Then, I quite like the following suggestions from chapter 5, 'Classroom strategies, activities and exercises', of the Teaching Collocation book edited by Michael Lewis:

10. Five-word stories
Look up order and exam(ination) in a (collocation) dictionary. Find five verbs for each which suggest a 'story' if they are in a particular order like this:

place, get, process, dispatch, receive an order
enter for, revise for, take, fail, re-sit an exam(ination)

You can do the same for any noun which suggests an extended process such as: problem, product, relationship, research, system, letter, war, negotiations, job.

14. The collocation game
(Paraphrasing here!) Select a target (and secret) word and arrange up to five collocations for it in a rough weaker > stronger collocate order. For example:

dark, plain, white, milk, bar of (=chocolate)

Student teams listen to you call out the first collocate ('dark') and have one guess each (fastest stands best chance of winning) to guess the target word. If they are correct after only 'dark' they get 5 points; each subsequent collocate needed reduces the potential score by one point, meaning if you have to tell them the answer ('chocolate') even after saying 'bar of' then they will get zero points!

15. Noun + noun combinations
(Paraphrasing) Or rather, compound nouns. This is basically like word dominoes, or Morgan & Rinvolucri's 'Tails to Heads' game (though the latter uses final letter rather than whole word to begin the next item). For example, you start them off with 'blank cheque' and they continue thus: cheque book - book club - club sandwich - and so on.

Maybe allow students to use dictionaries (within a time limit of 30 seconds say and/or with a penalty point attached for each use), and/or award negative points for every time a team is stumped and a completely fresh new chain has to be begun.

The other example in the book is table top - top quality - quality time - time management - and so on...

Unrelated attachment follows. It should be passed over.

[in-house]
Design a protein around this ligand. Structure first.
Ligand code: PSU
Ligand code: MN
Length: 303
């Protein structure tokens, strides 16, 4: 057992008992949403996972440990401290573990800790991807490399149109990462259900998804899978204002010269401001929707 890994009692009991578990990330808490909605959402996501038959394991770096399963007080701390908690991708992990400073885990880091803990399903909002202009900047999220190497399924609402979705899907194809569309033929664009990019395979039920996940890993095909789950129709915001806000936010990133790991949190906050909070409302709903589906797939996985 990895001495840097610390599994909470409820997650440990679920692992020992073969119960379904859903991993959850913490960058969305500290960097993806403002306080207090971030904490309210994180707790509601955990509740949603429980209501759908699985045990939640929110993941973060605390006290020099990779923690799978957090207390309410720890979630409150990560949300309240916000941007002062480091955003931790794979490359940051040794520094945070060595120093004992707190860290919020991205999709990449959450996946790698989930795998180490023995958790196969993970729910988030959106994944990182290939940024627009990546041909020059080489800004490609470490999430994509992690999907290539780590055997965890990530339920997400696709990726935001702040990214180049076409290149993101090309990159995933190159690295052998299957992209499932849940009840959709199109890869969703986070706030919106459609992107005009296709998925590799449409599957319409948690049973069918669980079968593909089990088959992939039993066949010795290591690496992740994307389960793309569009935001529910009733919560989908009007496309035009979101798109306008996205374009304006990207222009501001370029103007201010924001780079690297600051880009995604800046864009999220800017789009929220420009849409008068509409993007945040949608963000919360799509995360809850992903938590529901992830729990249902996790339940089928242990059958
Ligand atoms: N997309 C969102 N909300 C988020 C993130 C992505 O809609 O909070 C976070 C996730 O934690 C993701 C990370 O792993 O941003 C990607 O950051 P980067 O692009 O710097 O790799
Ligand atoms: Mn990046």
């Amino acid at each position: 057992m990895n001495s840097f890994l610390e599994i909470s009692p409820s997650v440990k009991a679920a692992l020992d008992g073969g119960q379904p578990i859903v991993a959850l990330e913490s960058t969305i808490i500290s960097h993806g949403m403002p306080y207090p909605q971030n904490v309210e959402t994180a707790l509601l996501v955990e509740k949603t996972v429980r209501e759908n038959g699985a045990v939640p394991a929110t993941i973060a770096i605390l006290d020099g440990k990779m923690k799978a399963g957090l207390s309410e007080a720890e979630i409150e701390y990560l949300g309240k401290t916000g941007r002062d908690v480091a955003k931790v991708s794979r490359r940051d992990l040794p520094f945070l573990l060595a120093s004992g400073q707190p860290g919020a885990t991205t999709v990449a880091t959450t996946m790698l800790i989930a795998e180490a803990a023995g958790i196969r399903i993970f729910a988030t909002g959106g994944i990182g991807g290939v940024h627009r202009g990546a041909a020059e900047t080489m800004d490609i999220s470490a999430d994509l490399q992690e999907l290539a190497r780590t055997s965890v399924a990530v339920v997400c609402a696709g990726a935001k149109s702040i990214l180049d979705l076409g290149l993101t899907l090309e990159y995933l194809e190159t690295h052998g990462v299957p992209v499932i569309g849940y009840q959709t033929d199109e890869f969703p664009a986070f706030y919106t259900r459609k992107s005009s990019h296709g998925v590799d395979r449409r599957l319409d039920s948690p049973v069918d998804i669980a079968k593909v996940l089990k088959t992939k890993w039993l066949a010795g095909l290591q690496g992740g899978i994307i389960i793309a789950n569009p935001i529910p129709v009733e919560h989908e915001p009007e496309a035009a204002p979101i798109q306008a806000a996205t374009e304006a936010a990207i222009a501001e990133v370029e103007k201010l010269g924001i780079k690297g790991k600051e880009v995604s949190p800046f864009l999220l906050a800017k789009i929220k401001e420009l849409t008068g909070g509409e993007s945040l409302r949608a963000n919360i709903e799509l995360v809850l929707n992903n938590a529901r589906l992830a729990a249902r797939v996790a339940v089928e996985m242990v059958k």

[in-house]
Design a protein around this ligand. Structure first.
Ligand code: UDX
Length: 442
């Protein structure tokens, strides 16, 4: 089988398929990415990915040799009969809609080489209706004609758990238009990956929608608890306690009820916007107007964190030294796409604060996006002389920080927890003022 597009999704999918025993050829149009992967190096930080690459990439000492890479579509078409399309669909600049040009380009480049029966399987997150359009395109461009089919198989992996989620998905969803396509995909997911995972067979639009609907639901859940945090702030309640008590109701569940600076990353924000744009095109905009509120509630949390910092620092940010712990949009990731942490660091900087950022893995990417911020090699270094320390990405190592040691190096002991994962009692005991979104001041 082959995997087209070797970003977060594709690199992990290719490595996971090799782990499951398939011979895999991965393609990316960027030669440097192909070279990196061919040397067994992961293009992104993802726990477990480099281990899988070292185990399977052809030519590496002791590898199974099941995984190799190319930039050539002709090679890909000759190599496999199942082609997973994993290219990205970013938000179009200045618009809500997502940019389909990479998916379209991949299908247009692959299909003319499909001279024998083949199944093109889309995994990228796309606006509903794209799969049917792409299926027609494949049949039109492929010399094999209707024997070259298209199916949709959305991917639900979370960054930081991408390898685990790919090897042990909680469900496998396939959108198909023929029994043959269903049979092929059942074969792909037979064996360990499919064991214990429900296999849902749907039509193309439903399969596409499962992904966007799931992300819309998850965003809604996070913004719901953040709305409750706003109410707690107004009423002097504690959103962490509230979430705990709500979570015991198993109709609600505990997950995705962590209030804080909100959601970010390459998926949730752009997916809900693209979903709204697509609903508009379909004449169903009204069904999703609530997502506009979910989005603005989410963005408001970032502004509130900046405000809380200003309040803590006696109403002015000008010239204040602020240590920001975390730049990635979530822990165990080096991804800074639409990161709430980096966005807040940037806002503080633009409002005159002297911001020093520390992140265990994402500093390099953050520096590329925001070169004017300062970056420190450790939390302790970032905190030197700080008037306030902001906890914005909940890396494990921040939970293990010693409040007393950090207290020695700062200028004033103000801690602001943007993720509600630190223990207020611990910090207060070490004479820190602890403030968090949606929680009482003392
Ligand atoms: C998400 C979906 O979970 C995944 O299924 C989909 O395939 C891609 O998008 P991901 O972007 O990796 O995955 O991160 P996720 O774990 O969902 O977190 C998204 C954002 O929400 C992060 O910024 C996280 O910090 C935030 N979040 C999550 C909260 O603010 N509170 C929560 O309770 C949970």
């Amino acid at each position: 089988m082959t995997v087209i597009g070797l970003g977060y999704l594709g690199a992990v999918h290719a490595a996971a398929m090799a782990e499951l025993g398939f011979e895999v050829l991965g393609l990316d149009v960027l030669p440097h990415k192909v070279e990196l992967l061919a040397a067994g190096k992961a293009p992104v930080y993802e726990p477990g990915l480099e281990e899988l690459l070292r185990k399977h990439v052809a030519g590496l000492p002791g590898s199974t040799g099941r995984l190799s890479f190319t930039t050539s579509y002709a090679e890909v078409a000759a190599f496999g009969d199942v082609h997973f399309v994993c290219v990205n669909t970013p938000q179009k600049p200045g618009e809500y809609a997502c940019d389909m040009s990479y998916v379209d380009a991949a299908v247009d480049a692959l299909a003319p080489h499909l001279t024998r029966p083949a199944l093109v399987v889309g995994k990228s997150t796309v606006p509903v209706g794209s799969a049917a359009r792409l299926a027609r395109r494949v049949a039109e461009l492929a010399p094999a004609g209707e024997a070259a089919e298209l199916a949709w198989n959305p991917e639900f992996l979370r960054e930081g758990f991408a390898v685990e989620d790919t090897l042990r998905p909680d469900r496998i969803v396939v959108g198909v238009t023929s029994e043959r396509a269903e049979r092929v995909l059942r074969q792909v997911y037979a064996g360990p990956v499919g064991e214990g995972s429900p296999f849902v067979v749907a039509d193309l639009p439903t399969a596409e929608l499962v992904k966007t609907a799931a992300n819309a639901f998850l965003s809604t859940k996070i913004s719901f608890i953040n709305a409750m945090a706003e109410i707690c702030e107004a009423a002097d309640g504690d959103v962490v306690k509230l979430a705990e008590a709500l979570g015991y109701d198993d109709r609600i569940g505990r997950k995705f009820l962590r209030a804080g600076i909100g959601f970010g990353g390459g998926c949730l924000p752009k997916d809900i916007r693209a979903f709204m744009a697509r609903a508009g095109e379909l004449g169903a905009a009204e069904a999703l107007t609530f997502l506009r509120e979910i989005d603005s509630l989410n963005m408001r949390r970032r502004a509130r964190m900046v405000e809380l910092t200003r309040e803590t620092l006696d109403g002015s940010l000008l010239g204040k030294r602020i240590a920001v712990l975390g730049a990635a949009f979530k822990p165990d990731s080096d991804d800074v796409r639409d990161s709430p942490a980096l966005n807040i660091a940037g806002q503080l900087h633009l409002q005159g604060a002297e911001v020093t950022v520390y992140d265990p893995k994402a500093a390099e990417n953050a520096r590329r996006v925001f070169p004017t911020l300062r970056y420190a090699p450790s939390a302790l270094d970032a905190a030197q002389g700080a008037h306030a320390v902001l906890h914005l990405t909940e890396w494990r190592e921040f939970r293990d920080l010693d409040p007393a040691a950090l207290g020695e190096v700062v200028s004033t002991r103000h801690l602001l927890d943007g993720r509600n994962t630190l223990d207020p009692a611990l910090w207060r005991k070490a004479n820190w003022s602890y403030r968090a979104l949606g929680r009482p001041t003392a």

But this last activity especially might perhaps be a bit too difficult for those much below upper-intermediate!
Last edited by fluffyhamster on Thu Apr 17, 2014 9:54 pm, edited 2 times in total.

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Post by fluffyhamster » Wed Apr 14, 2010 10:25 am

Ooh, and let's not forget "our" Learner Strategy Instruction thread, eh, Heath!

And I must say (again) that I think that a lexicogrammatical approach, primarily in the form of the COBUILD Grammar Patterns, is one of the best (most thorough and revealing) ways to organize if not actually learn-teach the language. And here's something (Pengyou) on how to utilize the BNC at BYU in order to unearth better exemplars for specific constructions generally: ... 1753#41753 .
Last edited by fluffyhamster on Sat Apr 17, 2010 12:01 pm, edited 2 times in total.

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Post by J.M.A. » Wed Apr 14, 2010 10:18 pm

The OP might enjoy I.S.P. Nation's "Teaching Vocabulary: Strategies and Techniques" Heinle 2008. ... 1424005655

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Nice little thread now...

Post by Heath » Thu Apr 15, 2010 4:04 am

Hmm, thanks Fluffy... this is turning out to be quite a nice and useful little thread now. Next time I'll just add proper suggestions right off the bat instead of worrying about where to post things.

Mind maps and translation - can't believe I left those two off my list. In our teacher-training courses we don't allow teachers to use translation, but I always let them know that it can be quite beneficial when done with care, and that the only reason we don't allow it is because we need to know that the teachers could teach in any context (including ESL contexts where all Ss might speak different languages).

And the 5 words stories - what a great idea. In fact, I've loved that idea ever since I came across it in Lewis, but have never actually made use of it with learners... I've gotta try it out.

I keep hearing about Nation too - seems to be highly recommend by everyone... but I've never managed to get hold of a copy (I have one on vocab by McCarthy that's not bad, just called 'Vocabulary', if I remember correctly - I'll check tonight).

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Post by fluffyhamster » Thu Apr 15, 2010 7:30 pm

Well, you mentioned mindmaps at least in your detailed reply to Betty on page 2 of that LSI thread. :wink: